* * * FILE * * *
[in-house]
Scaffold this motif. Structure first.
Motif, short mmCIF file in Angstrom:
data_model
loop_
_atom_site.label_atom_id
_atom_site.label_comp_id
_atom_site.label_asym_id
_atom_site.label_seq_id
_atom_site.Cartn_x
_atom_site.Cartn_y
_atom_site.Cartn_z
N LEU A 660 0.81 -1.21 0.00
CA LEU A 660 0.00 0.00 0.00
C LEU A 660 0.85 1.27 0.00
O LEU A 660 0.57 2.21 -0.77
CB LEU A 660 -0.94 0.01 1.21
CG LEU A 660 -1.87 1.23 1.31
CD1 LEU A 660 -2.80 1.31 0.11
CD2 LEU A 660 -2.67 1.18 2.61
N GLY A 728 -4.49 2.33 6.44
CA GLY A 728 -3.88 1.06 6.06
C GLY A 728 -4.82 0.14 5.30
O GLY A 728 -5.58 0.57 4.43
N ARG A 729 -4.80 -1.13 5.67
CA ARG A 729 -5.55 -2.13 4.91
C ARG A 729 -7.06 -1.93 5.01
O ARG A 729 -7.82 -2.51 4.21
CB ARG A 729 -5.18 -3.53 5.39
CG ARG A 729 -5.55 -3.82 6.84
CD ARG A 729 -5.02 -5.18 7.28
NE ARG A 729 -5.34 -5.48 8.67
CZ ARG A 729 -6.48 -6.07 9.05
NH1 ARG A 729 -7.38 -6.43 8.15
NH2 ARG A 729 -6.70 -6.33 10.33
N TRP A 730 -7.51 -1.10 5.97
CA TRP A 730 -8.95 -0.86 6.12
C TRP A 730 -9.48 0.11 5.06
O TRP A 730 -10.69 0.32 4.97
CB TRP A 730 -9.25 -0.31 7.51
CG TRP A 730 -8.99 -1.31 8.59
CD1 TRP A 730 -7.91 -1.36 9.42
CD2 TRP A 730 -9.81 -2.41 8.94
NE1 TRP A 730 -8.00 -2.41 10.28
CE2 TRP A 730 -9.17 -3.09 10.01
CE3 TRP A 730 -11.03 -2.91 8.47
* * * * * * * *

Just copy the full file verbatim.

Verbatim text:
[in-house]
Scaffold this motif. Structure first.
Motif, short mmCIF file in Angstrom:
data_model
loop_
_atom_site.label_atom_id
_atom_site.label_comp_id
_atom_site.label_asym_id
_atom_site.label_seq_id
_atom_site.Cartn_x
_atom_site.Cartn_y
_atom_site.Cartn_z
N LEU A 660 0.81 -1.21 0.00
CA LEU A 660 0.00 0.00 0.00
C LEU A 660 0.85 1.27 0.00
O LEU A 660 0.57 2.21 -0.77
CB LEU A 660 -0.94 0.01 1.21
CG LEU A 660 -1.87 1.23 1.31
CD1 LEU A 660 -2.80 1.31 0.11
CD2 LEU A 660 -2.67 1.18 2.61
N GLY A 728 -4.49 2.33 6.44
CA GLY A 728 -3.88 1.06 6.06
C GLY A 728 -4.82 0.14 5.30
O GLY A 728 -5.58 0.57 4.43
N ARG A 729 -4.80 -1.13 5.67
CA ARG A 729 -5.55 -2.13 4.91
C ARG A 729 -7.06 -1.93 5.01
O ARG A 729 -7.82 -2.51 4.21
CB ARG A 729 -5.18 -3.53 5.39
CG ARG A 729 -5.55 -3.82 6.84
CD ARG A 729 -5.02 -5.18 7.28
NE ARG A 729 -5.34 -5.48 8.67
CZ ARG A 729 -6.48 -6.07 9.05
NH1 ARG A 729 -7.38 -6.43 8.15
NH2 ARG A 729 -6.70 -6.33 10.33
N TRP A 730 -7.51 -1.10 5.97
CA TRP A 730 -8.95 -0.86 6.12
C TRP A 730 -9.48 0.11 5.06
O TRP A 730 -10.69 0.32 4.97
CB TRP A 730 -9.25 -0.31 7.51
CG TRP A 730 -8.99 -1.31 8.59
CD1 TRP A 730 -7.91 -1.36 9.42
CD2 TRP A 730 -9.81 -2.41 8.94
NE1 TRP A 730 -8.00 -2.41 10.28
CE2 TRP A 730 -9.17 -3.09 10.01
CE3 TRP A 730 -11.03 -2.91 8.47